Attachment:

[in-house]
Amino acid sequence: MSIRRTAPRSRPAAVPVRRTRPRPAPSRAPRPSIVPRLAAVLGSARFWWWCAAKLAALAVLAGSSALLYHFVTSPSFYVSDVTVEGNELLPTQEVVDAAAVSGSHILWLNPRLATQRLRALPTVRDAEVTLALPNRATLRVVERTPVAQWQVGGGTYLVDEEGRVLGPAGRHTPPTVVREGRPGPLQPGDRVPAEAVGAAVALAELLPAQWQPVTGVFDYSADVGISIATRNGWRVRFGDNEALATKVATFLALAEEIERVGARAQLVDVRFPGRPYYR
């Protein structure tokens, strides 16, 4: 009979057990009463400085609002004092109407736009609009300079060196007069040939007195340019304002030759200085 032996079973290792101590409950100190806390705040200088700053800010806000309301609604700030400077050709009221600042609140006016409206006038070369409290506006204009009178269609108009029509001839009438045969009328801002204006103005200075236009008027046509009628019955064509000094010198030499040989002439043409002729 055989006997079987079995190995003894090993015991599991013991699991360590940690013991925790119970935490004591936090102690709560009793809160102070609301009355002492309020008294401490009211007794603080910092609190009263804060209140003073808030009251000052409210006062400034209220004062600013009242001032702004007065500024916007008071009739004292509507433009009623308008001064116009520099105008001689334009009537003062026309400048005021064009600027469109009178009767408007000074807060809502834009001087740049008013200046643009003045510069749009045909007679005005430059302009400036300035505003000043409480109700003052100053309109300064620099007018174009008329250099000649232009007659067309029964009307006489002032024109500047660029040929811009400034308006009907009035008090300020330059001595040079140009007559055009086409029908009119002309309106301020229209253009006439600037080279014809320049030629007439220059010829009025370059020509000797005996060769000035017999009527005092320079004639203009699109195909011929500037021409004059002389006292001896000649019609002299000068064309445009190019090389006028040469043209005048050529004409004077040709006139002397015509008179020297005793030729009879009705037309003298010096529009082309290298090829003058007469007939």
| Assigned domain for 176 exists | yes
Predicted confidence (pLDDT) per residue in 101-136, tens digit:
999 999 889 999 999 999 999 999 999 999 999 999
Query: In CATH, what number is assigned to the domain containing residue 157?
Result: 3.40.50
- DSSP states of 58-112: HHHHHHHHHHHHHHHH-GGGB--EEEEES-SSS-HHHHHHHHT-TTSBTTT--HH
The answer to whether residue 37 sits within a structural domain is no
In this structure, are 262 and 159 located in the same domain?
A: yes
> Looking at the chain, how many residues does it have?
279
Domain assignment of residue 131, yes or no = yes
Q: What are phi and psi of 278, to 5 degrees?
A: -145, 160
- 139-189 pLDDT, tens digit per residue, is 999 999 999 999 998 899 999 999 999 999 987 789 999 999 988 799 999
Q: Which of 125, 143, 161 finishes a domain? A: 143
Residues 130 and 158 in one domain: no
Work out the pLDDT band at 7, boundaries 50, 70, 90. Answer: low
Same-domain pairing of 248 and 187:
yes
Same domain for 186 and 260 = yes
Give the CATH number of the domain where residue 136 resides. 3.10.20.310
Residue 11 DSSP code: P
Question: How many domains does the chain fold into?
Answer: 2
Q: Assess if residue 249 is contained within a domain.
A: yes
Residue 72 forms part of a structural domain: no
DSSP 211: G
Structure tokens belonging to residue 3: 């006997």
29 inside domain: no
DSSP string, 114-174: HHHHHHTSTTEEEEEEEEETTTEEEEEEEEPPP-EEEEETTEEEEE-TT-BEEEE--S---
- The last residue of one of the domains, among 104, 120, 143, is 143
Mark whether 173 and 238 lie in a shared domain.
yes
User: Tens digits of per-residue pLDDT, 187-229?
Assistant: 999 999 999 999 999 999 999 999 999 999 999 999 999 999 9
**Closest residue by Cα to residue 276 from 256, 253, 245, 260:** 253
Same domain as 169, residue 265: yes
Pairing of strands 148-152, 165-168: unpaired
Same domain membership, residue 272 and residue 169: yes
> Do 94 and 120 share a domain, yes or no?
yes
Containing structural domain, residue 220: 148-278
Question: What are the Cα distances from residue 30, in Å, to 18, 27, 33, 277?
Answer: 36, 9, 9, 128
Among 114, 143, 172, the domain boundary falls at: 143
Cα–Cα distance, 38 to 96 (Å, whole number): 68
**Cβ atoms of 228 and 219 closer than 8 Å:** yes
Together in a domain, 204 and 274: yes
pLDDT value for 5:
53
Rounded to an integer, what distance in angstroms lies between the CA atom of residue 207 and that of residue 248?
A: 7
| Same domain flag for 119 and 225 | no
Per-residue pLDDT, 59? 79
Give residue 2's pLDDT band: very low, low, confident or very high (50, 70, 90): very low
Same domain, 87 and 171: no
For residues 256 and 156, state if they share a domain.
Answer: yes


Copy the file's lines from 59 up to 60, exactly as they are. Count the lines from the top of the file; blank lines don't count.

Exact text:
Per-residue pLDDT, 59? 79
Give residue 2's pLDDT band: very low, low, confident or very high (50, 70, 90): very low